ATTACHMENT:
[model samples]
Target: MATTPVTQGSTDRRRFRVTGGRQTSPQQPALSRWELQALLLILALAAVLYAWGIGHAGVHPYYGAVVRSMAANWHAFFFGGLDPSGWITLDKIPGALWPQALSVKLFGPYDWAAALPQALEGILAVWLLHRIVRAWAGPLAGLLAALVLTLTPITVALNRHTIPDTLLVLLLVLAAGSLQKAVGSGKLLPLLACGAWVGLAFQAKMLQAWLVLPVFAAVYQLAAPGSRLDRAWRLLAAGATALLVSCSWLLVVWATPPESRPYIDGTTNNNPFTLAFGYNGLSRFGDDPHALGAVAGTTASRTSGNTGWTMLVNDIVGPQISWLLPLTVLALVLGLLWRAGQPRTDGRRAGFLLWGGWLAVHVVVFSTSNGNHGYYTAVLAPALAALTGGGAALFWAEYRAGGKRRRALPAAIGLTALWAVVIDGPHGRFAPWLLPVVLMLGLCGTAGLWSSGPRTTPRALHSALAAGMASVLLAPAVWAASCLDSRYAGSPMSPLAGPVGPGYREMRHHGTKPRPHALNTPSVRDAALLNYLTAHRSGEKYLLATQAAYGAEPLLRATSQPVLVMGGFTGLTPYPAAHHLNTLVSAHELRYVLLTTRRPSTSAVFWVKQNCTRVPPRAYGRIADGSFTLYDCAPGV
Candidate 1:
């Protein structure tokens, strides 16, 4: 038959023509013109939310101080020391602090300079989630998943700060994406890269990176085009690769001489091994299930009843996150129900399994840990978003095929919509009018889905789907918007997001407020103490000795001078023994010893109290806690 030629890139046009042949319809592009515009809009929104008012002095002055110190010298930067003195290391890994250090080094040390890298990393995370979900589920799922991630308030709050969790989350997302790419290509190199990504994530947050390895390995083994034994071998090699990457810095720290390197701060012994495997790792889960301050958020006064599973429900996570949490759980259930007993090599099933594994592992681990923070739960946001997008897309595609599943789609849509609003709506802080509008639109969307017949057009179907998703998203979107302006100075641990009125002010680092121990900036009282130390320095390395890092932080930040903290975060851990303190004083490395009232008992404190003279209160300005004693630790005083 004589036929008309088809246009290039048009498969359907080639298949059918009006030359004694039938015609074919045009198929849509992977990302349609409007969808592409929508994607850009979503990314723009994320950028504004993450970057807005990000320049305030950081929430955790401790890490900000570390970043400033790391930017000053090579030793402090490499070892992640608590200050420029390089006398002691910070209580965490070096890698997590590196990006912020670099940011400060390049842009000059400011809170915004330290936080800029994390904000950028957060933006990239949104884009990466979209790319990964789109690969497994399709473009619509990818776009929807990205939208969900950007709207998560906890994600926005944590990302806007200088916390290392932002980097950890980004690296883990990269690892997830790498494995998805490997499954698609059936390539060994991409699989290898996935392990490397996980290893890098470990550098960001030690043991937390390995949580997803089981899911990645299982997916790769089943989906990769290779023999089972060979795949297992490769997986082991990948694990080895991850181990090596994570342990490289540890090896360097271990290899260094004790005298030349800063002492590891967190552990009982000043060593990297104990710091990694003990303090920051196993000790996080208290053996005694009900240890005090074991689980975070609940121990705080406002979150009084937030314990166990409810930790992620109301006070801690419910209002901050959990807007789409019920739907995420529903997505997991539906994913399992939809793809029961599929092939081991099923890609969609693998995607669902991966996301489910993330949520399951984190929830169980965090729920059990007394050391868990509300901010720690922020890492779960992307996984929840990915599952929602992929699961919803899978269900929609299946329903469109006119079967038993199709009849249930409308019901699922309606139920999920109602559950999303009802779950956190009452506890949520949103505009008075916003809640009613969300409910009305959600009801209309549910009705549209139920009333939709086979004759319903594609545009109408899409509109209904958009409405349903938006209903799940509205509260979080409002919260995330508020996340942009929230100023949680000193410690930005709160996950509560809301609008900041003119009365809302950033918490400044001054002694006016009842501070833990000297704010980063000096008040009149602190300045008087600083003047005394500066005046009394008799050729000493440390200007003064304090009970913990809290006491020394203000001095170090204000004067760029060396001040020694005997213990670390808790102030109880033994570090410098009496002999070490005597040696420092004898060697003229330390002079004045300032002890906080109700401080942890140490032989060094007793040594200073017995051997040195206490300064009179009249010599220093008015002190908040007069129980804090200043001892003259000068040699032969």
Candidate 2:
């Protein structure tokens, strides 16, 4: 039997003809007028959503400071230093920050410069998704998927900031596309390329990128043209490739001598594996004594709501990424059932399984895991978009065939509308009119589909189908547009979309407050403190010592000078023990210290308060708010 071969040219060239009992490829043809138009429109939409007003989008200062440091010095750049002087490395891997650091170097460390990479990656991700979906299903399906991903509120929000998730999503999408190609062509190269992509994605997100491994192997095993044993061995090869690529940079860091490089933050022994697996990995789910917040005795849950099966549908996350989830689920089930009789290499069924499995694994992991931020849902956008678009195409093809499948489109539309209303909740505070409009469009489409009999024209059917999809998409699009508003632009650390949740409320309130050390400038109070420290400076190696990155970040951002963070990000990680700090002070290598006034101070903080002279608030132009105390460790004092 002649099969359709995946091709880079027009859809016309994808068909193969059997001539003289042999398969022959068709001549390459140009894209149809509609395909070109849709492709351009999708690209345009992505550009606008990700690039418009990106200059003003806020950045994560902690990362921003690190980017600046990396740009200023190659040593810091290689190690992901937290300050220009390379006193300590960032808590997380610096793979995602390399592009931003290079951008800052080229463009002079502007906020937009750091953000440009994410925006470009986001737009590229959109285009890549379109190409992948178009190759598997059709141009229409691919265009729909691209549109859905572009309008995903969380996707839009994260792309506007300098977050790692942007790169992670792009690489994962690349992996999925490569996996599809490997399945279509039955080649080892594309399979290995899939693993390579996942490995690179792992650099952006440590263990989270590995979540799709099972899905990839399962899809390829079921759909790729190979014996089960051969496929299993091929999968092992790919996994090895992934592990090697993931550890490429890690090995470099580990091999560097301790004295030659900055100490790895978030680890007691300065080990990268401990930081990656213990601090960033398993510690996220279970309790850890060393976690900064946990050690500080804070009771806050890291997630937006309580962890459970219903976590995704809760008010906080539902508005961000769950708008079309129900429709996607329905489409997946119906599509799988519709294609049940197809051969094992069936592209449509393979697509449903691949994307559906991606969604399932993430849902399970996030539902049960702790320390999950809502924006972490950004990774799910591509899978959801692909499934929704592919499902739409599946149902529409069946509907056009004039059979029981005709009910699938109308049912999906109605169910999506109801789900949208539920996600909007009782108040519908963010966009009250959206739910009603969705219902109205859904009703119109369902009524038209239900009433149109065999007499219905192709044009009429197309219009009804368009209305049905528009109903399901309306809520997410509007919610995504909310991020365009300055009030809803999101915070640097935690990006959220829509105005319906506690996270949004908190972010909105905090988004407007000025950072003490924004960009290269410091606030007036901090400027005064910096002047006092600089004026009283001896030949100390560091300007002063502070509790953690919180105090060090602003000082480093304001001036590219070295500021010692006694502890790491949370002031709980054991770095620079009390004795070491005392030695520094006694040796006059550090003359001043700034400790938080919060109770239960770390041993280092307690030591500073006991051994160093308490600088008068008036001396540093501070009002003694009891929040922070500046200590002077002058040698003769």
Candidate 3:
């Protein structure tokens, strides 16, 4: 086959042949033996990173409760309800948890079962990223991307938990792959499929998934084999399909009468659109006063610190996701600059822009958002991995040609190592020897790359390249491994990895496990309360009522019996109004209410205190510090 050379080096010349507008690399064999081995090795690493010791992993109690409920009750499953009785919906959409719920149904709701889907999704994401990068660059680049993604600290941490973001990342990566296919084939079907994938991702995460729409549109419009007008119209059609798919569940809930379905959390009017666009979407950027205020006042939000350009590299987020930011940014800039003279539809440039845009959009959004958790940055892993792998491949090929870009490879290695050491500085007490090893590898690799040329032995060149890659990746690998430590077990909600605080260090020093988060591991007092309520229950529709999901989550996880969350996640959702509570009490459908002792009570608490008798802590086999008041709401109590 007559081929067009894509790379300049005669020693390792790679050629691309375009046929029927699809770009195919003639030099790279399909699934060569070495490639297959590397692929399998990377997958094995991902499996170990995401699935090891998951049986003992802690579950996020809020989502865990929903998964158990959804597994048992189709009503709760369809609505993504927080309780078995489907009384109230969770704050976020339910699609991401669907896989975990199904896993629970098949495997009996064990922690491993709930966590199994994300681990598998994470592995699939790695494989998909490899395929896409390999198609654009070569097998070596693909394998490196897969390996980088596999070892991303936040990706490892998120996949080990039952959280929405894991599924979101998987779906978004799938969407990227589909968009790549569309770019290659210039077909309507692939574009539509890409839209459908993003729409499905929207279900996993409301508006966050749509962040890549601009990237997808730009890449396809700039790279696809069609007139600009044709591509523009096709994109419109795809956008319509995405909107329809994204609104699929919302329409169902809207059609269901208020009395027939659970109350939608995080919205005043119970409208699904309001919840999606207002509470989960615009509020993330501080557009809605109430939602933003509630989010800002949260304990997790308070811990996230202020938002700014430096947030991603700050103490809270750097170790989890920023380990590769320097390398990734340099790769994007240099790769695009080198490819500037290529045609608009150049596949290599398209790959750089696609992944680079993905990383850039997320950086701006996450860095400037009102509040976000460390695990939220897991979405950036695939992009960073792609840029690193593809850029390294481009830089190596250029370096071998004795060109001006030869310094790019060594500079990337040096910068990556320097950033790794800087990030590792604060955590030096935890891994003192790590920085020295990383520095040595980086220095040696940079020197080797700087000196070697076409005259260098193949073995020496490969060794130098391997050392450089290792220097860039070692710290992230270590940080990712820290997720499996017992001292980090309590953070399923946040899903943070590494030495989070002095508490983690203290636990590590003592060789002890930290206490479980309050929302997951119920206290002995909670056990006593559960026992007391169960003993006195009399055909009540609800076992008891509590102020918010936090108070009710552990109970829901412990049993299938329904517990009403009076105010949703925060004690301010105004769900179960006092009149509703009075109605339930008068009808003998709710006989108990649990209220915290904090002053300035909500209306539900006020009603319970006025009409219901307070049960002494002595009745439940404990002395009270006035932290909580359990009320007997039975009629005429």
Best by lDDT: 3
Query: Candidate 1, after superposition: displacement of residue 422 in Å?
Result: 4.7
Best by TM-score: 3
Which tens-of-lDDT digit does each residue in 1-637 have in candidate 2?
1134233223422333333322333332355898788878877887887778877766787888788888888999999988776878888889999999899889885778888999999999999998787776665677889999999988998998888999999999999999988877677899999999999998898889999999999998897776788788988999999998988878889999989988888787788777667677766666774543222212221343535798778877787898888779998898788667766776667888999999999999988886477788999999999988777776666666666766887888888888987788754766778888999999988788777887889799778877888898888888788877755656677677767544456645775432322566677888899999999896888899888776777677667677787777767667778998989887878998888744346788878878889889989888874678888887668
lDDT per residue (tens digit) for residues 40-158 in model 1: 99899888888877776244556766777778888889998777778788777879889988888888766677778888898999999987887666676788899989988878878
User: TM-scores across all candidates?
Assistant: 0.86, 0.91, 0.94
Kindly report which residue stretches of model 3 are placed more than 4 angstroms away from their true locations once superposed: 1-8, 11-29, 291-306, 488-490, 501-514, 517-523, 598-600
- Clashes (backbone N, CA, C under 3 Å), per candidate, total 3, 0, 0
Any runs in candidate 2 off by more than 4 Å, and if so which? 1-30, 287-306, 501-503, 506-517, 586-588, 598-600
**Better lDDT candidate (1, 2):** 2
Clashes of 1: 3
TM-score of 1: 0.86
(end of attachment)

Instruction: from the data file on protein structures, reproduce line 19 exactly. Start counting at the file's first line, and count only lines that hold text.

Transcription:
- Clashes (backbone N, CA, C under 3 Å), per candidate, total 3, 0, 0